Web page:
The stalk shuffled silently, sliding down the brickwork. Fat and spongey, cream and topped with a purple cap mounded high in a bell shape. A mushroom ambling down the pipe-strewn street was not so unusual. But normally they were red and omens of growth, of progress. What could this foreign fungus mean? What effects would it have on the native wildlife? There was a thriving turtle population; the normal red mushrooms helped keep them in check. Might this purple protrusion give them an advantage instead?
In fear of the unknown, the brickwork town emptied, citizens fleeing into the castle. None were left to wander the street but the wild herds of turtles. Turrets were erected along the mushroom’s projected path to the castle. They fired intermittently, large shells decorated like WWII bombers, painted on teeth hungry for a target. They were the last line of defense.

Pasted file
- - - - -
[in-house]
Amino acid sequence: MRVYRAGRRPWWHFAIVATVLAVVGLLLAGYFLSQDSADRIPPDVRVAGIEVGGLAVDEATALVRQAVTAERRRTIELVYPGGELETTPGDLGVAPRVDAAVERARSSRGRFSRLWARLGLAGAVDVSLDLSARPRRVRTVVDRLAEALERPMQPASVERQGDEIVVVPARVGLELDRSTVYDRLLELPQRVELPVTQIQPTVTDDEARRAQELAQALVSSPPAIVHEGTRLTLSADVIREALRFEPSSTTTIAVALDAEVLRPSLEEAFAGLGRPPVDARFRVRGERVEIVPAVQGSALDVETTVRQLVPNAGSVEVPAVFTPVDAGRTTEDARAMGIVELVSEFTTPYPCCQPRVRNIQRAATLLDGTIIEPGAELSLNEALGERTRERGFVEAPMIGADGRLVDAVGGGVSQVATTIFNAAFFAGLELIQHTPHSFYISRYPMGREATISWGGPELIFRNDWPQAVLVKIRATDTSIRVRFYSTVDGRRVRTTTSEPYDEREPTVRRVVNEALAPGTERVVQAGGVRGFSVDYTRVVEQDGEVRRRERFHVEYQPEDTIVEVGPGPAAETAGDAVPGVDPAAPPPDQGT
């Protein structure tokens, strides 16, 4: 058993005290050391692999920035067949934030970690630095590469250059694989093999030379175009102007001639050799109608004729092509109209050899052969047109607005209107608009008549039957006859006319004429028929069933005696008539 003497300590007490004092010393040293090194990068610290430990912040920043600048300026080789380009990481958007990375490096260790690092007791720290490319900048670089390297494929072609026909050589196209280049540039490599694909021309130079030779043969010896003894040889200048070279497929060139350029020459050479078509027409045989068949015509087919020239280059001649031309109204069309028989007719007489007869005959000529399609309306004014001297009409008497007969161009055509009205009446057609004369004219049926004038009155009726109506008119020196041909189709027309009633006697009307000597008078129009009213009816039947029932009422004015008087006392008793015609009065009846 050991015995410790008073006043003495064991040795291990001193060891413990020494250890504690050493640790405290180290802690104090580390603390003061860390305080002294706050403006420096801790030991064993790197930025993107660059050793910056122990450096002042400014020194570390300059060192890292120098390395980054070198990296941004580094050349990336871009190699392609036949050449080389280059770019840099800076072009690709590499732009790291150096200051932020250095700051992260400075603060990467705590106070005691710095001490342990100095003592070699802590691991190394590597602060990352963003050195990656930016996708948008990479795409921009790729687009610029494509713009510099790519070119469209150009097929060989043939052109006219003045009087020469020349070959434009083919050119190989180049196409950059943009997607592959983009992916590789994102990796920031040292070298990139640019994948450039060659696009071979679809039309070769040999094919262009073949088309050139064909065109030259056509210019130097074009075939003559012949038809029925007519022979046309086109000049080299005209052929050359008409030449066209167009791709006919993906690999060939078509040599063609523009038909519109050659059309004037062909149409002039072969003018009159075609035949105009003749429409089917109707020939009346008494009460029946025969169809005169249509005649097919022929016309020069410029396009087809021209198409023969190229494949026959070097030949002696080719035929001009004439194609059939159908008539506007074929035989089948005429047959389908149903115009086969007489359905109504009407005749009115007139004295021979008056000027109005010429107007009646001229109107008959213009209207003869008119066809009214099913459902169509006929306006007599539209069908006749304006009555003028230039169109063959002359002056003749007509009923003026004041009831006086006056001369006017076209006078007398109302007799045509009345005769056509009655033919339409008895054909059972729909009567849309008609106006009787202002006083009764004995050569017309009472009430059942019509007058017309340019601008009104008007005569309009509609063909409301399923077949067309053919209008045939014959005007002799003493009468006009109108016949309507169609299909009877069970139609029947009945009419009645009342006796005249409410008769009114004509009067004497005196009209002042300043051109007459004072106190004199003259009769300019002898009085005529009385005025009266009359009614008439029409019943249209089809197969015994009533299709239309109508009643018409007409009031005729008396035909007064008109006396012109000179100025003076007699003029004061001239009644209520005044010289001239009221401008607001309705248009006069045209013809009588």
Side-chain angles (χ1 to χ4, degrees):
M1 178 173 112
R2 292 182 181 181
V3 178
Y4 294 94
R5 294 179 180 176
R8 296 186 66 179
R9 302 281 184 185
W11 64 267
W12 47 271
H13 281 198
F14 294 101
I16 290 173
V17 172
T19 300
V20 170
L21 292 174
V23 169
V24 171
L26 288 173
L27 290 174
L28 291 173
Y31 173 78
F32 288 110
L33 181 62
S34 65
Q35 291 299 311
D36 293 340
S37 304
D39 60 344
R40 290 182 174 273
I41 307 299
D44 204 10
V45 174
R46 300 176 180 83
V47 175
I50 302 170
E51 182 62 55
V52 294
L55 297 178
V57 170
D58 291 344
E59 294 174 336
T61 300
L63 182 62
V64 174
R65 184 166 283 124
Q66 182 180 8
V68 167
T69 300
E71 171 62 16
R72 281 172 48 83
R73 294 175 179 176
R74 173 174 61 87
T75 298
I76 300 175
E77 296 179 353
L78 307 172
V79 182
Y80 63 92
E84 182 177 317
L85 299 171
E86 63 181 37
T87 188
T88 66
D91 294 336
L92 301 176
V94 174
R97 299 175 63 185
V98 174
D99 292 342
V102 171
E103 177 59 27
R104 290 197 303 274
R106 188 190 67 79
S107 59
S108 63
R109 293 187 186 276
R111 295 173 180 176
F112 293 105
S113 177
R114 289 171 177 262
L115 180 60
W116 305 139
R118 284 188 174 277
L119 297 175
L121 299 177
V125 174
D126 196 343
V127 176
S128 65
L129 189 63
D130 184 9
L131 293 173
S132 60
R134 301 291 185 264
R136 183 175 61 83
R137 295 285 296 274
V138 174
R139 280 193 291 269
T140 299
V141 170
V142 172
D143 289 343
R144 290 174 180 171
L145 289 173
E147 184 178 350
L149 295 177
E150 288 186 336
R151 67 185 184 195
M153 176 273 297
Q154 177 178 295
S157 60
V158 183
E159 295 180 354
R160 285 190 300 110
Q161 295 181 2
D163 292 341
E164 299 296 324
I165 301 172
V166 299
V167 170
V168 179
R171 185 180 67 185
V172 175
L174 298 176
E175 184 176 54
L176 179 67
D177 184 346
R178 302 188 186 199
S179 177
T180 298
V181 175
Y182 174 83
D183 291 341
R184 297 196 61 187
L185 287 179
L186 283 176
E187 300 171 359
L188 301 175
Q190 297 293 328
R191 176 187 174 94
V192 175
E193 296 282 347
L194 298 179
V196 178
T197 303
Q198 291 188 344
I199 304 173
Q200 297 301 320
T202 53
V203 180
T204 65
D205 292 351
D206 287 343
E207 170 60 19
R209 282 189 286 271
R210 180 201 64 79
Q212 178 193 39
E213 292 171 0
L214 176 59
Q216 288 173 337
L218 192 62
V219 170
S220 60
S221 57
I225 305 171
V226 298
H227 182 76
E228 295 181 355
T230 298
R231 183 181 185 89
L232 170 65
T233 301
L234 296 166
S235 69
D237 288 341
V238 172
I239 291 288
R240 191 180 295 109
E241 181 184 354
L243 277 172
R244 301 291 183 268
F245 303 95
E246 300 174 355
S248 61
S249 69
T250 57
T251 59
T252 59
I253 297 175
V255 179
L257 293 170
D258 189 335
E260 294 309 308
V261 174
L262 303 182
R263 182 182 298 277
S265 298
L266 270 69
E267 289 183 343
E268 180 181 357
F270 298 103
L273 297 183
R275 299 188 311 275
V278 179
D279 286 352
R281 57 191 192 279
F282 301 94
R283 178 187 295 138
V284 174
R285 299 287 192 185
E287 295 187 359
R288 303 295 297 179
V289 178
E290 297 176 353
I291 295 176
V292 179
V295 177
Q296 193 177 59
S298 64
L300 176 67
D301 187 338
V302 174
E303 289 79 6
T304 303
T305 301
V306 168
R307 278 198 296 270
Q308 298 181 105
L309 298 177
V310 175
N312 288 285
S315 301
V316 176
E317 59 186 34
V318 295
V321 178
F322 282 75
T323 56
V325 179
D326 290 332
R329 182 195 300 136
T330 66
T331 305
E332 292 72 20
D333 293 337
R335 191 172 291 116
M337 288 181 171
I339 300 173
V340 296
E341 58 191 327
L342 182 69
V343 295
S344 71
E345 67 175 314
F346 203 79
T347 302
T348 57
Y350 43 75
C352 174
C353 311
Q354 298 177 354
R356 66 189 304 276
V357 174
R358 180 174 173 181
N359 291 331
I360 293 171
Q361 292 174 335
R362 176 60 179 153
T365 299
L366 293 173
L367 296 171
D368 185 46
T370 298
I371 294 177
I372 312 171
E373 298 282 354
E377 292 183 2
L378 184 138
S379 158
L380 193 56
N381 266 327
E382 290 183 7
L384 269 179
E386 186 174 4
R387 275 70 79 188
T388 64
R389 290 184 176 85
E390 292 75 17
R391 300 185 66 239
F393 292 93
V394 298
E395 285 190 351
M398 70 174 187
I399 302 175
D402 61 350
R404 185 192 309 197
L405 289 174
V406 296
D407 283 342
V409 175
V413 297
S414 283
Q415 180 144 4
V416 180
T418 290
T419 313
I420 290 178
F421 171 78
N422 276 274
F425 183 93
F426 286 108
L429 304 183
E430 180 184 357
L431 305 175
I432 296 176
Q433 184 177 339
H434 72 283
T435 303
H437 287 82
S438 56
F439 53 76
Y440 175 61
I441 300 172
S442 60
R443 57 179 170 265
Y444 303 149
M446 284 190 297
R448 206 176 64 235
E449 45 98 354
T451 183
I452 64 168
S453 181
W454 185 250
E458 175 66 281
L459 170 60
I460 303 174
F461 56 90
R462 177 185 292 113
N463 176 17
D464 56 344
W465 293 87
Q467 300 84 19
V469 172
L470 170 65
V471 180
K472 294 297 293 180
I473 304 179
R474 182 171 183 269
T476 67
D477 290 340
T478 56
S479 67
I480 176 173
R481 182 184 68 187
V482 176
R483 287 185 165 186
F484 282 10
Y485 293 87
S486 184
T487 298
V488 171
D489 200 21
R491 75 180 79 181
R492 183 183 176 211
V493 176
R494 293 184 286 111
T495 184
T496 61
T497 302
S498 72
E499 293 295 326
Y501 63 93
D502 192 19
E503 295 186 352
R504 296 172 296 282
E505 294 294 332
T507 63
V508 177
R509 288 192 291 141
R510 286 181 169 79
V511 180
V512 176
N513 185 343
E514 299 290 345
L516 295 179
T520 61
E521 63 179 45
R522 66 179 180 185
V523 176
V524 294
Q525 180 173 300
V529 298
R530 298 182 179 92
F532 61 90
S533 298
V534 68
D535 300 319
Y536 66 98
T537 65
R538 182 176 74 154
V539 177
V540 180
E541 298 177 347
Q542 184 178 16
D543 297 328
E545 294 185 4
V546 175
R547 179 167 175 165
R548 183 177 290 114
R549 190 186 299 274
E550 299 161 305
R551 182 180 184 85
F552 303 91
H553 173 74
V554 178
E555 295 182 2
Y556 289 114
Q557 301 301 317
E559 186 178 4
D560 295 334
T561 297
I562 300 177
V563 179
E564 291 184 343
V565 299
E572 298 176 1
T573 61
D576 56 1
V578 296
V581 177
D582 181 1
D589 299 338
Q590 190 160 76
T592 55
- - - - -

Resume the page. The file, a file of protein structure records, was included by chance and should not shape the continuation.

In the castle, the citizenry huddled in fear, while the princess chastised her doorman.
“You’re only supposed to tell cold callers I’m in another castle, not invited guests!” she growled.
“Yes, your highness. Please forgive me.”
She sighed, pinching the bridge of her nose.
“Whatever. Just send them in.”
“At once, your highness.”
In came two men, barely waist high to the princess. They were nearly identical twins, right down to their bushy moustaches, bulbous noses, and blue eyes. God, they even dressed alike, she groaned internally.
“Princessa,” the one in red greeted, “we have-a sampled the mushroom, and found-a that it, ah, shrinks whatever it touches.”
“Yes,” said the green clad twin, “Maybe you can-a apply it to-a the kingdom’s debt, no?”